During a roller coaster of a year, medical marijuana patient numbers increased slightly from the start of 2014 to December 31 — but marijuana revenue hit spectacular heights, with the combination of MMJ and recreational sales totaling just shy of $680 million.
But while more patients were toking by the end of the year, far fewer were signed up with private caregivers. In January 2014, 57 percent of all patients had signed up a medical marijuana dispensary or a private caregiver to grow for them. By the end of December, that number had dropped to 43 percent.??
The Colorado Department of Public Health and Environment doesn't break down the caregiver stats to show how many people opt for a private grower, as opposed to a dispensary. Back in November, Westword requested a snapshot of data when the department's report showed that 44 percent of patients were using a caregiver or dispensary. We learned that fewer than 4 percent were working with a private grower. The remaining 40 percent had signed up with a medical marijuana dispensary. ??
In total, there were 115,467 medical patients in Colorado at the end of 2014, up 4,437 patients from the count of 111,030 at the start of the year. While the number of active patients increased slightly, the number of total new registrations last year was more than 35,680 — meaning that as many as 31,245 old patients had dropped off the registry at some point during the year. ??
One segment of the patient population that saw a major increase in 2014: minors under the age of eighteen. At the start of 2014, there were 215 juvenile medical cannabis patients. By the end of December, that number had more than doubled, to 462. News stories about high-CBD oils helping sick children — particularly the August 2013 CNN special on Charlotte Figi, namesake of the proprietary high-CBD strain Charlotte's Web bred by the Realm of Caring in Boulder — prompted parents from all over the United States to drop everything and move to Colorado to get access to medical cannabis for their offspring.??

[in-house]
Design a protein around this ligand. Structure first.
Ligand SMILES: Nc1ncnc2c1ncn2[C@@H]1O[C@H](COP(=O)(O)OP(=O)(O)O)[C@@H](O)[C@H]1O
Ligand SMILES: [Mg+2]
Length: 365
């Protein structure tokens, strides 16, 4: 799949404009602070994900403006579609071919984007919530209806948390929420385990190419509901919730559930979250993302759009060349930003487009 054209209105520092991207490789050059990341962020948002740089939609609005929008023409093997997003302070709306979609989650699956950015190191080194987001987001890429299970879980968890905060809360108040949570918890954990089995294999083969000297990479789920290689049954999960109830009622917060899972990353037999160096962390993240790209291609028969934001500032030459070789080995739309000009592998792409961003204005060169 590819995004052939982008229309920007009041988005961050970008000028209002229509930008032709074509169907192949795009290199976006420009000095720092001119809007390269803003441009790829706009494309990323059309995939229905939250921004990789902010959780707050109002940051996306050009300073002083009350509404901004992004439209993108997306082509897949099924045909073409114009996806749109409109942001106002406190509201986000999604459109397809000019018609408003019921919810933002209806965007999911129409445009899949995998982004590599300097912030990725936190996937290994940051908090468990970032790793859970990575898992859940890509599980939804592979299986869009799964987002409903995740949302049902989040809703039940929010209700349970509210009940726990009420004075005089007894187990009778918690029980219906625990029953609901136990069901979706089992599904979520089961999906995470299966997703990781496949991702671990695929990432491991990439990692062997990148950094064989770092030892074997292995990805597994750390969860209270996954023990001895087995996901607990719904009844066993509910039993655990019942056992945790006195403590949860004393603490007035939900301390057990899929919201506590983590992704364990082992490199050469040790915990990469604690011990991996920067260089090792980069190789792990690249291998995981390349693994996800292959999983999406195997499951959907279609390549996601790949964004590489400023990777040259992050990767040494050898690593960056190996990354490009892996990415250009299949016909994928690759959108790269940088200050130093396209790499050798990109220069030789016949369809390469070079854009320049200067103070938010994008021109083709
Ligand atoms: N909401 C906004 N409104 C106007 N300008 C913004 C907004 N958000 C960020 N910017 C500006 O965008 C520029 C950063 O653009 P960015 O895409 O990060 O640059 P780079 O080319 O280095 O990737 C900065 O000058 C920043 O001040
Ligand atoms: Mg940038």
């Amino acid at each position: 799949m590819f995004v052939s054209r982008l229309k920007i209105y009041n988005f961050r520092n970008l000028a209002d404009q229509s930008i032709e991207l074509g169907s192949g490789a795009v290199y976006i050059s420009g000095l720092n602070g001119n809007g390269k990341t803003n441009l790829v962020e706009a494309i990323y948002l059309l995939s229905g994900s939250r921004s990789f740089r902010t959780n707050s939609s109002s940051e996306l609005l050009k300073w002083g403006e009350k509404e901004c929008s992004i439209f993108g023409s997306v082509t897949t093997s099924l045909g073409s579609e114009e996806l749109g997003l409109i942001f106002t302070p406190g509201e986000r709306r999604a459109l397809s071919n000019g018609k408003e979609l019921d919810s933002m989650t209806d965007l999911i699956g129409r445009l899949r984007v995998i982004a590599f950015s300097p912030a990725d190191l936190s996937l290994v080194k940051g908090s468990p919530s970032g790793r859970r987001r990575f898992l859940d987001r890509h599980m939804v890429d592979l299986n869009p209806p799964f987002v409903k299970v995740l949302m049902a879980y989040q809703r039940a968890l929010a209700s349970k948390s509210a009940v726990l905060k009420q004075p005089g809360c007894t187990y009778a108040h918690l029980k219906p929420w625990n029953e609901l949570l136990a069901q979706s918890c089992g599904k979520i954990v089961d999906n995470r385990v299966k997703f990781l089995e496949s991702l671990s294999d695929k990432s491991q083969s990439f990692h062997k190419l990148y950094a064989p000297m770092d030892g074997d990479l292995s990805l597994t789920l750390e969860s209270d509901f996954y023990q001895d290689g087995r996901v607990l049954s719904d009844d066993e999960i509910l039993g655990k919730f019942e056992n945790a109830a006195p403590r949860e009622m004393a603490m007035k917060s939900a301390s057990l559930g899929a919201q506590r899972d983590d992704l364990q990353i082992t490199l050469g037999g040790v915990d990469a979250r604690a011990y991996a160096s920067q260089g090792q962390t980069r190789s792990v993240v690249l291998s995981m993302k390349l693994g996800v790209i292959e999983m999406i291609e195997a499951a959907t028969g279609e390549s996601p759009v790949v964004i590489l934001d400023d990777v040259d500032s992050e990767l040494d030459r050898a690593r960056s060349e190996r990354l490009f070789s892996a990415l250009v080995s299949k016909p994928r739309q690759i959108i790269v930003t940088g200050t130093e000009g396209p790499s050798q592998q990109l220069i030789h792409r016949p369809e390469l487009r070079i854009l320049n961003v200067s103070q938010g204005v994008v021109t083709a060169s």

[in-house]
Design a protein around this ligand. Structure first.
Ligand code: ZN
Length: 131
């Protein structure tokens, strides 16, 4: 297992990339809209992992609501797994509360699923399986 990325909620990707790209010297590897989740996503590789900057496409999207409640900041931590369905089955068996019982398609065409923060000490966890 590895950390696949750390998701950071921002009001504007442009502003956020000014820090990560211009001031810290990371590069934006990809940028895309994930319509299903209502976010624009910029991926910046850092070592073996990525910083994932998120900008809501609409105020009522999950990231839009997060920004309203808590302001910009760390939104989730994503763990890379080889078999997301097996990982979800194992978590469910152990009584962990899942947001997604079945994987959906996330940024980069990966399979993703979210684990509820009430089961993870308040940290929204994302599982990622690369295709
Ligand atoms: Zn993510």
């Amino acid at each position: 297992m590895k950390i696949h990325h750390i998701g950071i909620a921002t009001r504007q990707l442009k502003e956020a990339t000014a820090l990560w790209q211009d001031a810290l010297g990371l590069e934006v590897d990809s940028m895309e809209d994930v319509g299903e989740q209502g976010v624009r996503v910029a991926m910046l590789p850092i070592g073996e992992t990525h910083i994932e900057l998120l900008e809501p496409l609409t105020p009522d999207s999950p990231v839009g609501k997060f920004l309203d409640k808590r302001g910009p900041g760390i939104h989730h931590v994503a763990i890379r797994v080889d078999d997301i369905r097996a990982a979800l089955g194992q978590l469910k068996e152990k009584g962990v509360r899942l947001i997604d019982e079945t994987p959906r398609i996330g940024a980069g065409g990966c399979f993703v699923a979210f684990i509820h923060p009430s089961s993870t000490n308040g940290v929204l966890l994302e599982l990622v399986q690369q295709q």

Adding up monthly medical marijuana sales-tax figures for 2014 show that retail medical cannabis stores sold $375,412,620 worth of cannabis and cannabis products in 2014, netting the state more than $10.88 million in sales tax. Recreational sales trailed slightly behind, with $ 304,211,034, for a combined total of 679,623,654. But taxes from recreational pot were much higher than medical, with more than $39.18 million sales taxes, plus an additional $13,341,000 in excise taxes and more than $3.7 million in licensing fees collected in 2014.
The discrepancy between tax dollars for medical pot and recreational pot has some lawmakers calling for the end of medical cannabis — or, at the very least, a major reduction in patient numbers. Legislation has been introduced by Senator Irene Aguilar (D-Denver) that would crack down on caregivers who are serving too many patients, at least according to the state. In addition to mandating that medical marijuana-recommending doctors provide more information on patients suffering from severe pain, the bill would also require primary caregivers to register with the state and prevent them from serving more than five patients. The bill's real goal seems clear: to get patients off the medical cannabis registry and over to the tax-money-generating recreational cannabis side.
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